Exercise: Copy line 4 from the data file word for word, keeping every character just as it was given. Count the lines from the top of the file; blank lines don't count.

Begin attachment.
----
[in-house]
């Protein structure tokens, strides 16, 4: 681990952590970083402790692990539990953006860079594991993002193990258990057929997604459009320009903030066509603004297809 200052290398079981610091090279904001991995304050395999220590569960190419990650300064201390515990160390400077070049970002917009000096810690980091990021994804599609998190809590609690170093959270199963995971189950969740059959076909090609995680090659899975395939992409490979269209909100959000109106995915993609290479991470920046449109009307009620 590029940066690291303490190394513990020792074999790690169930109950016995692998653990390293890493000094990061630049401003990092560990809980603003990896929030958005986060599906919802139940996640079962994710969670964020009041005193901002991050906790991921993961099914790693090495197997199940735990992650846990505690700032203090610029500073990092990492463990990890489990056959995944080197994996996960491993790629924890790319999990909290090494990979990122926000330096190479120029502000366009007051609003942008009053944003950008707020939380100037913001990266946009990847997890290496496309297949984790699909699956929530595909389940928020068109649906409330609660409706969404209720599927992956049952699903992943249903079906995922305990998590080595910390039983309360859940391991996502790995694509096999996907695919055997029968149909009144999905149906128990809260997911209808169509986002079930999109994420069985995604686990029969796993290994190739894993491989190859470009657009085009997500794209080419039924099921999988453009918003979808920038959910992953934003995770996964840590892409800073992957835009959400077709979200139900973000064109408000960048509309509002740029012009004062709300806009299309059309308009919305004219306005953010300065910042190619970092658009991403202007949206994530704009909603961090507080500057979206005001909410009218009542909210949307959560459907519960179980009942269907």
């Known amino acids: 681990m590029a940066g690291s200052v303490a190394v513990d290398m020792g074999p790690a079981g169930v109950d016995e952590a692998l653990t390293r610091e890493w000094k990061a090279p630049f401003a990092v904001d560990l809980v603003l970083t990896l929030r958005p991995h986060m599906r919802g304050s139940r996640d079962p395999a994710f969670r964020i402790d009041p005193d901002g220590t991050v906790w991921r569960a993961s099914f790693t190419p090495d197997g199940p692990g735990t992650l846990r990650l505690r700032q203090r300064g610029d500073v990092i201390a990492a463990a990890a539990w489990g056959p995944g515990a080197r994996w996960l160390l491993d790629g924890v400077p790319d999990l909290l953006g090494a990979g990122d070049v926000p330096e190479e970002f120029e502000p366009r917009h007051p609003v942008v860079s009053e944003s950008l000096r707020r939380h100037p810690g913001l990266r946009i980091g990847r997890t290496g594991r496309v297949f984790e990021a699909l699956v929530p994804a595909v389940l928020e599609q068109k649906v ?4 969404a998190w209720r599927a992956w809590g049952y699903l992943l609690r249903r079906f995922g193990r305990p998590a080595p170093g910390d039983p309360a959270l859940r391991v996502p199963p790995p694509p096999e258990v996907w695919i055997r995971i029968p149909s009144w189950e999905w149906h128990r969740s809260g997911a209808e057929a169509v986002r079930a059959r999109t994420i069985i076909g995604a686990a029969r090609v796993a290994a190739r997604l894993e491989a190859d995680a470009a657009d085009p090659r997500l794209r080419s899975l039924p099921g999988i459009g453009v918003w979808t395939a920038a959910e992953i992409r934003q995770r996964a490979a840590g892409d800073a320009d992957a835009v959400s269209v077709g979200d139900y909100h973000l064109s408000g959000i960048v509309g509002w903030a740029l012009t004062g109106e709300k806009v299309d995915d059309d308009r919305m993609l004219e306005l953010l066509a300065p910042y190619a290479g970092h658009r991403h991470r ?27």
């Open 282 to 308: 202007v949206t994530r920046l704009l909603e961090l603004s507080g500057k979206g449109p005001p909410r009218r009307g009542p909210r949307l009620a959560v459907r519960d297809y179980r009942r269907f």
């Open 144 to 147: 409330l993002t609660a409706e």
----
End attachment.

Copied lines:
């Open 282 to 308: 202007v949206t994530r920046l704009l909603e961090l603004s507080g500057k979206g449109p005001p909410r009218r009307g009542p909210r949307l009620a959560v459907r519960d297809y179980r009942r269907f």